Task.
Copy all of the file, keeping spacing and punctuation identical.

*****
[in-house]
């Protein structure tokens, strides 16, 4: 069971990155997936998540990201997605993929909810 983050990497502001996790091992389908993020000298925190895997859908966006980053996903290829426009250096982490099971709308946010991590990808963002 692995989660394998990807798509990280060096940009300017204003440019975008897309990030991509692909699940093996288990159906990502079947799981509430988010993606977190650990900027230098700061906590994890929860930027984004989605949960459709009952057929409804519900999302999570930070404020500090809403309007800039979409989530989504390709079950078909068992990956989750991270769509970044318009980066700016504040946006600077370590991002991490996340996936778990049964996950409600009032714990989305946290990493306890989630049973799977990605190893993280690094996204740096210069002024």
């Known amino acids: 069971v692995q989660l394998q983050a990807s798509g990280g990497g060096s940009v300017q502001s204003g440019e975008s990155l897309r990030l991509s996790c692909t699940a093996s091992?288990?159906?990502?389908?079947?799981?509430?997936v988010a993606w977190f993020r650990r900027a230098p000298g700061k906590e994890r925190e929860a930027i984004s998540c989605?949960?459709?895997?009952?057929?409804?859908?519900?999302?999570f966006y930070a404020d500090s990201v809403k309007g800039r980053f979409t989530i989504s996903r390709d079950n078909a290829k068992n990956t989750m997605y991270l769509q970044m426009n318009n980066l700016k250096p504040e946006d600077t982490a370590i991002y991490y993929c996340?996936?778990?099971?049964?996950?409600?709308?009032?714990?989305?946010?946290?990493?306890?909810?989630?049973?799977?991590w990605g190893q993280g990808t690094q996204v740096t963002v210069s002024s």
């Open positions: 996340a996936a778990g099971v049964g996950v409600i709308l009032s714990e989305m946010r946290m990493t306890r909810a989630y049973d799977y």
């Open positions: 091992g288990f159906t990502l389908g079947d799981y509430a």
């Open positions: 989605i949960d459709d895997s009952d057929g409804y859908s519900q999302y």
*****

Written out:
[in-house]
């Protein structure tokens, strides 16, 4: 069971990155997936998540990201997605993929909810 983050990497502001996790091992389908993020000298925190895997859908966006980053996903290829426009250096982490099971709308946010991590990808963002 692995989660394998990807798509990280060096940009300017204003440019975008897309990030991509692909699940093996288990159906990502079947799981509430988010993606977190650990900027230098700061906590994890929860930027984004989605949960459709009952057929409804519900999302999570930070404020500090809403309007800039979409989530989504390709079950078909068992990956989750991270769509970044318009980066700016504040946006600077370590991002991490996340996936778990049964996950409600009032714990989305946290990493306890989630049973799977990605190893993280690094996204740096210069002024």
């Known amino acids: 069971v692995q989660l394998q983050a990807s798509g990280g990497g060096s940009v300017q502001s204003g440019e975008s990155l897309r990030l991509s996790c692909t699940a093996s091992?288990?159906?990502?389908?079947?799981?509430?997936v988010a993606w977190f993020r650990r900027a230098p000298g700061k906590e994890r925190e929860a930027i984004s998540c989605?949960?459709?895997?009952?057929?409804?859908?519900?999302?999570f966006y930070a404020d500090s990201v809403k309007g800039r980053f979409t989530i989504s996903r390709d079950n078909a290829k068992n990956t989750m997605y991270l769509q970044m426009n318009n980066l700016k250096p504040e946006d600077t982490a370590i991002y991490y993929c996340?996936?778990?099971?049964?996950?409600?709308?009032?714990?989305?946010?946290?990493?306890?909810?989630?049973?799977?991590w990605g190893q993280g990808t690094q996204v740096t963002v210069s002024s």
């Open positions: 996340a996936a778990g099971v049964g996950v409600i709308l009032s714990e989305m946010r946290m990493t306890r909810a989630y049973d799977y």
């Open positions: 091992g288990f159906t990502l389908g079947d799981y509430a």
């Open positions: 989605i949960d459709d895997s009952d057929g409804y859908s519900q999302y």